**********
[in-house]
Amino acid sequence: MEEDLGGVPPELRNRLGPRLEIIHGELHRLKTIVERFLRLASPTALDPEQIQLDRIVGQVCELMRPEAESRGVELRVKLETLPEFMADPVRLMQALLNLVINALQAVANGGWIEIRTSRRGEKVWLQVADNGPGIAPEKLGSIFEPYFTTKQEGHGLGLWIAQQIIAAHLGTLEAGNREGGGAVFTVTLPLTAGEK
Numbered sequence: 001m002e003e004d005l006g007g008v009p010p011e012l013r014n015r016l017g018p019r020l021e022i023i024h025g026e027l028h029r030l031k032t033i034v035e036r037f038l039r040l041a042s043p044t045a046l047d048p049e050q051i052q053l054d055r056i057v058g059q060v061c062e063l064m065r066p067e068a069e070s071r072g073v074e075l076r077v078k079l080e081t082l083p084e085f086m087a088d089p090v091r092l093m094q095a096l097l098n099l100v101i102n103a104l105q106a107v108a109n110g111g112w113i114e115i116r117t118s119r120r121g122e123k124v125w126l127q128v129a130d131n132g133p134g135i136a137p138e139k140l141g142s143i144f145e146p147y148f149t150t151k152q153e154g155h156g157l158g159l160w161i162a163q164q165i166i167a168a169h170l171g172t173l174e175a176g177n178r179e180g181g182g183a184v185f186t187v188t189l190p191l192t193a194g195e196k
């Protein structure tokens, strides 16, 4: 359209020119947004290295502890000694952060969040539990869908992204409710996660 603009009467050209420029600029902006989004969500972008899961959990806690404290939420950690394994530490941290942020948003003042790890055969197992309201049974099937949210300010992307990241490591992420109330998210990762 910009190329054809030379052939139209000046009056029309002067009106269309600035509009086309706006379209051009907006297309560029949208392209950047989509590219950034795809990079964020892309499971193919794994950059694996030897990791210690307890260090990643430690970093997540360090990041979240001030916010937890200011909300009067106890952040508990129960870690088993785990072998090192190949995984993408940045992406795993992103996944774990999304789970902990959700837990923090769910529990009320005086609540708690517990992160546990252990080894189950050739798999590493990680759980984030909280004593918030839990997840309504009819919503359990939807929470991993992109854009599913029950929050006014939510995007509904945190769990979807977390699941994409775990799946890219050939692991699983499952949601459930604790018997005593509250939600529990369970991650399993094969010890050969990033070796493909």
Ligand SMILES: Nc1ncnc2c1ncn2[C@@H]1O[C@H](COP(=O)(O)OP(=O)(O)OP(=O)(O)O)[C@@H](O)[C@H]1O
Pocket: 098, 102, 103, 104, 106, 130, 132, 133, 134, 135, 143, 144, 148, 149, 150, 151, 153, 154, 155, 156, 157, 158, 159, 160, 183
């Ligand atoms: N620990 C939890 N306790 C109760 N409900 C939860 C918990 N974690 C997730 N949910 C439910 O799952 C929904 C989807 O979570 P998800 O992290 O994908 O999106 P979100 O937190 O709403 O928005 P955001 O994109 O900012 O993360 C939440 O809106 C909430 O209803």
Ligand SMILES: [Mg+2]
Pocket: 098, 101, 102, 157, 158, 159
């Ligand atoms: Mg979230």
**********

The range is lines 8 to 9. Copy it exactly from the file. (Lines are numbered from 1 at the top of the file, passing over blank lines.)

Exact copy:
Ligand SMILES: [Mg+2]
Pocket: 098, 101, 102, 157, 158, 159